US president Donald Trump said Wednesday the fate of a landmark summit with North Korea’s Kim Jong Un will be decided “next week,” as aides travelled to Singapore on a preparatory mission.
“On Singapore we’ll see. It could very well happen,” Trump said of the on-again-off-again 12 June meeting, which has been as keenly teased as any of his “The Apprentice” season finales.
“Whatever it is, we’ll know next week.”
And in an interview to air Thursday morning on one of the president’s preferred programmes, Fox & Friends, he said “there’s a good chance” the talks would take place.
“If that happens, it would be a great thing for North Korea. Listen, it would be a great thing for the world, so we’ll see what happens,” Trump said in the interview, according to excerpts released by Fox.
Hand-picked aides—including deputy chief of staff Joe Hagin and deputy national security adviser Mira Ricardel—are travelling to the Southeast Asian city state designated to host the summit, officials said.
They are expected to meet their North Korean counterparts and iron out details of the meeting.
The top diplomat from Pyongyang’s traditional ally China on Wednesday expressed hope for a successful meeting, as planned.
“If you want to solve the moment now is the time, if you want peace now is the time, if you want to make history now is the time,” Chinese foreign minister Wang Yi said in Washington, alongside his American counterpart Mike Pompeo.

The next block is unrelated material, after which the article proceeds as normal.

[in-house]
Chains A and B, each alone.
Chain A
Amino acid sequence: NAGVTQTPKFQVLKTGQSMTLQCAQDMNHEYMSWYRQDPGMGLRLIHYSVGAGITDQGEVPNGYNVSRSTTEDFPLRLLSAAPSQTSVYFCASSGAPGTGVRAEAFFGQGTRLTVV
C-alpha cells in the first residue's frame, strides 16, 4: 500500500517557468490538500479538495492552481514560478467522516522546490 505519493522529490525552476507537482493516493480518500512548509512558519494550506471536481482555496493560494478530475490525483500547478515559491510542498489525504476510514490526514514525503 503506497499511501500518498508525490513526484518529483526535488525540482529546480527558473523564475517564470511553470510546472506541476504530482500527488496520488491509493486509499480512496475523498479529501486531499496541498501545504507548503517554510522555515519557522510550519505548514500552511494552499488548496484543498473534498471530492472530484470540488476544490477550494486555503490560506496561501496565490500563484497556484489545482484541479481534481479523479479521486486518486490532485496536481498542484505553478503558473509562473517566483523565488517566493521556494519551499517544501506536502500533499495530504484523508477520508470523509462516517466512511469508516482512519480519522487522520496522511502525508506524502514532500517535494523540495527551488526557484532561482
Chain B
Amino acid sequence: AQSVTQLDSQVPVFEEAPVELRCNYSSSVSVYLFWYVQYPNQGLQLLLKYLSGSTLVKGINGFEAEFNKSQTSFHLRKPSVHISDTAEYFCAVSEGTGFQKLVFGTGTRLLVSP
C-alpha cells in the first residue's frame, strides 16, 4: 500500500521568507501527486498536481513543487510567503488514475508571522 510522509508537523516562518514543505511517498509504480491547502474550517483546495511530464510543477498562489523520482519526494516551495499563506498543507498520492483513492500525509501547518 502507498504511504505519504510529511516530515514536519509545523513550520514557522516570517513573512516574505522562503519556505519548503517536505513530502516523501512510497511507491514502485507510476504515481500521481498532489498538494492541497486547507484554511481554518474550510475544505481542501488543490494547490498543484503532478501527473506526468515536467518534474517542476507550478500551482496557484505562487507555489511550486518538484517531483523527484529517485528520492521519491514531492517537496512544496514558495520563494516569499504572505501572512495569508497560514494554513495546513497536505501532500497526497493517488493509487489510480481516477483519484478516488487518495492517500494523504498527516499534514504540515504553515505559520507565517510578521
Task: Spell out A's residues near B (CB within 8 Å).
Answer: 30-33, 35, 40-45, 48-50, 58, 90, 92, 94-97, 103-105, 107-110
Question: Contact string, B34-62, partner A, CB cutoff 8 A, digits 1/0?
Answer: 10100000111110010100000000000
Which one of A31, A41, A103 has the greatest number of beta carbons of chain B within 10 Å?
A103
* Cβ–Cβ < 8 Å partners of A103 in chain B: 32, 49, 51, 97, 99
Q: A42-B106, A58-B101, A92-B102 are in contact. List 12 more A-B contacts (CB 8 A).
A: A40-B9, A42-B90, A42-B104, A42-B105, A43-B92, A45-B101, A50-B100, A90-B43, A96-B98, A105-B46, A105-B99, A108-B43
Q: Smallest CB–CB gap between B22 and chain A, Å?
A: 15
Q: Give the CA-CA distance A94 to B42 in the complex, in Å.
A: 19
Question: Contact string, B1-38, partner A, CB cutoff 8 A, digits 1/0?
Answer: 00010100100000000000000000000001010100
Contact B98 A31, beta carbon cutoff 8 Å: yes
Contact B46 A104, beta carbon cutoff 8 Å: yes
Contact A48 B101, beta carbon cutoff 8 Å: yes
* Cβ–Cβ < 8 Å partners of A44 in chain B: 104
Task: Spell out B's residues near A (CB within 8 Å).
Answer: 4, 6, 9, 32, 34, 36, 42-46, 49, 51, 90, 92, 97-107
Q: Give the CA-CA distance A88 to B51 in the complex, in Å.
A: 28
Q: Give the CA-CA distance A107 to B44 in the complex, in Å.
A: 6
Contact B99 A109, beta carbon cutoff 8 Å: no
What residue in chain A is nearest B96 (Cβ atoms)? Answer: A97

The US Secretary of State said whether the summit goes ahead is now up to North Korea.
Asked in a hearing of the House Foreign Affairs Committee if the summit will take place, Pompeo replied: “That decision will ultimately be up to Chairman Kim.”
“He asked for the meeting, the president agreed to meet with him,” Pompeo said. “I’m very hopeful that that meeting will take place.”
His remarks reflect an effort to perhaps lay the groundwork for blame should the talks fail.
Ostensibly the Trump-Kim talks will be about peace on the Korean peninsula and North Korea’s nuclear and ballistic weapons.
But even before talk of test freezes, decommissioning or inspections, Washington and Pyongyang are engaged in a public relations battle.
As part of a charm offensive, North Korea invited some foreign journalists to witness the slated destruction of the isolated regime’s nuclear test site.
The gesture, which experts agree would do little to curb North Korea’s long-term nuclear capabilities, is meant to signal that the regime is serious about change.